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Kidney dialysis services to expand

The National Kidney Foundation (N.K.F) will expand to 60 dialysis units next year to cater for the growing number of patients with late stage kidney failures.

Minister for Health Tuitama Dr Leao Talalelei Tuitama announced that the Government has approved the move from the current site to another building.

The move comes after NKF accepted a gift of five new dialysis units from the Rotary Club of Samoa. The foundation now has 27 dialysis units up from 22, which cater for 110 patients needing dialysis in Upolu alone, with another 12 patients in Savai’i.

To meet their needs, hours expanded to 6:30am to 11pm, with three rotations of patients coming in each day to get their thrice weekly needs of dialysis.

The Rotary Club’s donation has made a big difference to the foundation, said Minister Tuitama.

“We are continually struggling to keep up with the number of people needing dialysis,” he said.

“We have gone from just five patients in 2005 to 125 patients who require regular treatment.”

Not only that, but there are approximately 300 people in the ‘pre-dialysis’ stage, who are awaiting treatment and attempting to slow the degeneration of their kidneys.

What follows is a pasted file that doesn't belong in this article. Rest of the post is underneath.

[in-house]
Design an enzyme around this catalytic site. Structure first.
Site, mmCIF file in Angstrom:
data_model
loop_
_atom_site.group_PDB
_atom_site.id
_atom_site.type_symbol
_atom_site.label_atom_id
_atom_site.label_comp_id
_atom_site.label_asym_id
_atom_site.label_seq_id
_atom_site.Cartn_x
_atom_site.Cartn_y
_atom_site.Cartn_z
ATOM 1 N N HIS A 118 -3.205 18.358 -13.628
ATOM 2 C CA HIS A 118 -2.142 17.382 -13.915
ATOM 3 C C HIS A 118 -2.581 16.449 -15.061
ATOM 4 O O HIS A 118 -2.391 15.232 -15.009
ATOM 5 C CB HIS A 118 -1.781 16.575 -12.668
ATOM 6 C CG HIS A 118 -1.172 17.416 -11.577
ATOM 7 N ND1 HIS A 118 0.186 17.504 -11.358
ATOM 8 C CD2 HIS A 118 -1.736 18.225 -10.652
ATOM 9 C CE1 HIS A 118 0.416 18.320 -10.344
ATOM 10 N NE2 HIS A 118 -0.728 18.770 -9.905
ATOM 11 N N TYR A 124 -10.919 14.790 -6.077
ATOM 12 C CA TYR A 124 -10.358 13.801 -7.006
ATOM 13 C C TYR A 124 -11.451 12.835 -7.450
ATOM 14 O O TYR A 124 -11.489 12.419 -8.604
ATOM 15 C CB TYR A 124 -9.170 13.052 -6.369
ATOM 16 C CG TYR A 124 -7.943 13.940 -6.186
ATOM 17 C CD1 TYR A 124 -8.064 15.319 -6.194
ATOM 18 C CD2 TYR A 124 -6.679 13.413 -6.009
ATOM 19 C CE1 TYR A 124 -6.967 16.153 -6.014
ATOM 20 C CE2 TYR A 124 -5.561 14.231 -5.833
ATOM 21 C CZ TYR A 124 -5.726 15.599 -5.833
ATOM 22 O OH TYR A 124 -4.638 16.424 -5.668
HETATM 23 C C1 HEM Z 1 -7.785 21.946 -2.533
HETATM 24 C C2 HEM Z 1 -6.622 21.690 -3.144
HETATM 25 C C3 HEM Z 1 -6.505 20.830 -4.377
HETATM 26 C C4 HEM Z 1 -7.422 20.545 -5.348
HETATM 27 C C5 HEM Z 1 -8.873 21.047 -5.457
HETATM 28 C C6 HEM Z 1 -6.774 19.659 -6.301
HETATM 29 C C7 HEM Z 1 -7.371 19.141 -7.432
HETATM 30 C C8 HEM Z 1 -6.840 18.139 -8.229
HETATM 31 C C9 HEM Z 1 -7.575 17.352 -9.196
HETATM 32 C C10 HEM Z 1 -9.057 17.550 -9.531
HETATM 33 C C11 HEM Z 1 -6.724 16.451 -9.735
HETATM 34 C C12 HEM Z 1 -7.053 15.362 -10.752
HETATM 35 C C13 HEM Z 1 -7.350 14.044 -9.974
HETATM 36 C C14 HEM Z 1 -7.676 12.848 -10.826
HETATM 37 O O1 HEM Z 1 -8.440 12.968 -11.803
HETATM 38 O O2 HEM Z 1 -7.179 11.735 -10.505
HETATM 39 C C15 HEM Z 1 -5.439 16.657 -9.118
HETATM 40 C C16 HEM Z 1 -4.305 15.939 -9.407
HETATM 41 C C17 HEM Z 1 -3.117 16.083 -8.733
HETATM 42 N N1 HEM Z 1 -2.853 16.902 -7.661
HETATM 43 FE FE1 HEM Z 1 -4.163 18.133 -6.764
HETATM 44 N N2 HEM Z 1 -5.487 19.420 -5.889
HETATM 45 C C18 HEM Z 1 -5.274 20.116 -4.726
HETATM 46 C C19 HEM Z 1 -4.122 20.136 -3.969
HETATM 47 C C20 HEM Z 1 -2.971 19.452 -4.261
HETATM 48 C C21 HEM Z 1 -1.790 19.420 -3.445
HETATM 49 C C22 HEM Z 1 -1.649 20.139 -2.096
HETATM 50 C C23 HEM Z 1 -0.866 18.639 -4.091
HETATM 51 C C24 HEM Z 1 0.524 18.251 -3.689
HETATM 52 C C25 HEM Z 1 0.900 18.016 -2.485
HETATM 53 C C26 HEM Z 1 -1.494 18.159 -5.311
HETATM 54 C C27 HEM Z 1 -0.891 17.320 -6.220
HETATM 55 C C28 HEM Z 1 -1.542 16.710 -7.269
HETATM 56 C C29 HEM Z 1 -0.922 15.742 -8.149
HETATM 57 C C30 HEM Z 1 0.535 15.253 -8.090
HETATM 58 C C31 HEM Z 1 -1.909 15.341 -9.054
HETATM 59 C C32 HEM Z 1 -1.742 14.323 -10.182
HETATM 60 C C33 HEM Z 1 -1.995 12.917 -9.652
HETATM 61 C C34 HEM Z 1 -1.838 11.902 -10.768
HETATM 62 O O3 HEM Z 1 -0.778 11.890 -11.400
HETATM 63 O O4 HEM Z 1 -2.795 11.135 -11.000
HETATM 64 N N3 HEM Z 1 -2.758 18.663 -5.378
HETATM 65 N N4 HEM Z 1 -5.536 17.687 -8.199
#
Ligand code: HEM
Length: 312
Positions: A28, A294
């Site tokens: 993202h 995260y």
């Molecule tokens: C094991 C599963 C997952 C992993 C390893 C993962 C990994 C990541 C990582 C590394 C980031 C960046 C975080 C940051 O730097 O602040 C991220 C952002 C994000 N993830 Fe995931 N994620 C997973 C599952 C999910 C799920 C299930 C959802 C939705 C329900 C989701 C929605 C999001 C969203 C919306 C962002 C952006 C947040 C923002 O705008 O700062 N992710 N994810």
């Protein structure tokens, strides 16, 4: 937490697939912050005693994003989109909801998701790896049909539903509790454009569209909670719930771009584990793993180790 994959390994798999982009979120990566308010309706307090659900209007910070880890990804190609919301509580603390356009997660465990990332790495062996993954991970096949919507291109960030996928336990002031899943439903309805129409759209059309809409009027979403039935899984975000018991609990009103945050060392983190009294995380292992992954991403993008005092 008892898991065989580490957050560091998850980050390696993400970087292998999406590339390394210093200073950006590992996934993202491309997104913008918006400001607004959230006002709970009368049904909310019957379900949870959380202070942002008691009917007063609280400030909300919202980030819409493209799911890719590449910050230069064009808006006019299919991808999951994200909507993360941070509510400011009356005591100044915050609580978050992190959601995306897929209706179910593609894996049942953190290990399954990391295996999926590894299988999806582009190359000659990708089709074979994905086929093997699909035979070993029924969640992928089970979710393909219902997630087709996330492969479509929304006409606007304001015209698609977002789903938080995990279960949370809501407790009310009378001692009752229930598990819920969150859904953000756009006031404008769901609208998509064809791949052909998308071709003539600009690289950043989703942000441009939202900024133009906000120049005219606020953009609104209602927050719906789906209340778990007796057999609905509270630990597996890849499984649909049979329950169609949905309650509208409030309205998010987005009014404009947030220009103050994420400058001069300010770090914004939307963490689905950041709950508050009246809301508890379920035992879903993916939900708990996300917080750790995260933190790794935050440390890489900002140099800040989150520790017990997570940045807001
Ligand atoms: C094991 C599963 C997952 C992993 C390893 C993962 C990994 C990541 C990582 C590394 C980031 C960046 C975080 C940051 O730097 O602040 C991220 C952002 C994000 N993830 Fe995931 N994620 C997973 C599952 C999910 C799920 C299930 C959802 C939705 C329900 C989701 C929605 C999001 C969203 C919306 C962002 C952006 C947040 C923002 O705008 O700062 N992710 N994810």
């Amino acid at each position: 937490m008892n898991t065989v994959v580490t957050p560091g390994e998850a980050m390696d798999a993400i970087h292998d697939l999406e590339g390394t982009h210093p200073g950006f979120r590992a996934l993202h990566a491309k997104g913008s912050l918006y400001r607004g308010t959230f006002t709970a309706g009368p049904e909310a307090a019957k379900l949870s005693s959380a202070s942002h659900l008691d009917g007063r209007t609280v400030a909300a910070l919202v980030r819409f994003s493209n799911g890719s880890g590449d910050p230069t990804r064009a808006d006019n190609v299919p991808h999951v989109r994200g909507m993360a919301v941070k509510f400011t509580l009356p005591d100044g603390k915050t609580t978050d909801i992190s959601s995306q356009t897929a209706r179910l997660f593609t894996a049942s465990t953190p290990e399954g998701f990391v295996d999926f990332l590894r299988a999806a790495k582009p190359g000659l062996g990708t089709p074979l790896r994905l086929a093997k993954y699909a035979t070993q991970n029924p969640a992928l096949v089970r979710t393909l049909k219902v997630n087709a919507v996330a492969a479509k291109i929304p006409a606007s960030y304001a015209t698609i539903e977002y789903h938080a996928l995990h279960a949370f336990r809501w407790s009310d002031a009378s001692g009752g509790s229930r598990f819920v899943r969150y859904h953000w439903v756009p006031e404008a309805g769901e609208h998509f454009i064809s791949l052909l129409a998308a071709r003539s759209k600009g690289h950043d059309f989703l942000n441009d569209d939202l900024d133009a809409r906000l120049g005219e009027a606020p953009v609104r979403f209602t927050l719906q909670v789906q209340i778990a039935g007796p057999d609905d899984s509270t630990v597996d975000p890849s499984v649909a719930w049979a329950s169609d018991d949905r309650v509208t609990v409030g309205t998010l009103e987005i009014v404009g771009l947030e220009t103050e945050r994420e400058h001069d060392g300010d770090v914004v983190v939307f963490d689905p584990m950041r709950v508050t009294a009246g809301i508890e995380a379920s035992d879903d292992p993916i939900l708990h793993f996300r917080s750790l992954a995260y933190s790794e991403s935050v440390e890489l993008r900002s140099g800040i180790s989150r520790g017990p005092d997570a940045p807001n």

Mulipola Lose Hazelman, NKF general manager said while of course he would like to see less patients needing dialysis, the foundation has no choice but to expand. 

“We have a big problem with NCD’s (non-communicable diseases) in this country,” he said.

“The majority of people on dialysis have end-stage rental failure because of unmanaged NCD’s, and we are seeing patients younger and younger all the time.”

Education and prevention is key, said Renal Services manager Christina Poloai.

“When someone comes in for treatment their whole family brings them in to support them,” she said.

“So while we have them all there we take that opportunity to educate them, and make them aware this is all preventable.”

Free kidney screenings to catch kidney related problems early can help delay the progression of issues like diabetes and hypertension and avoid dialysis altogether, she added.

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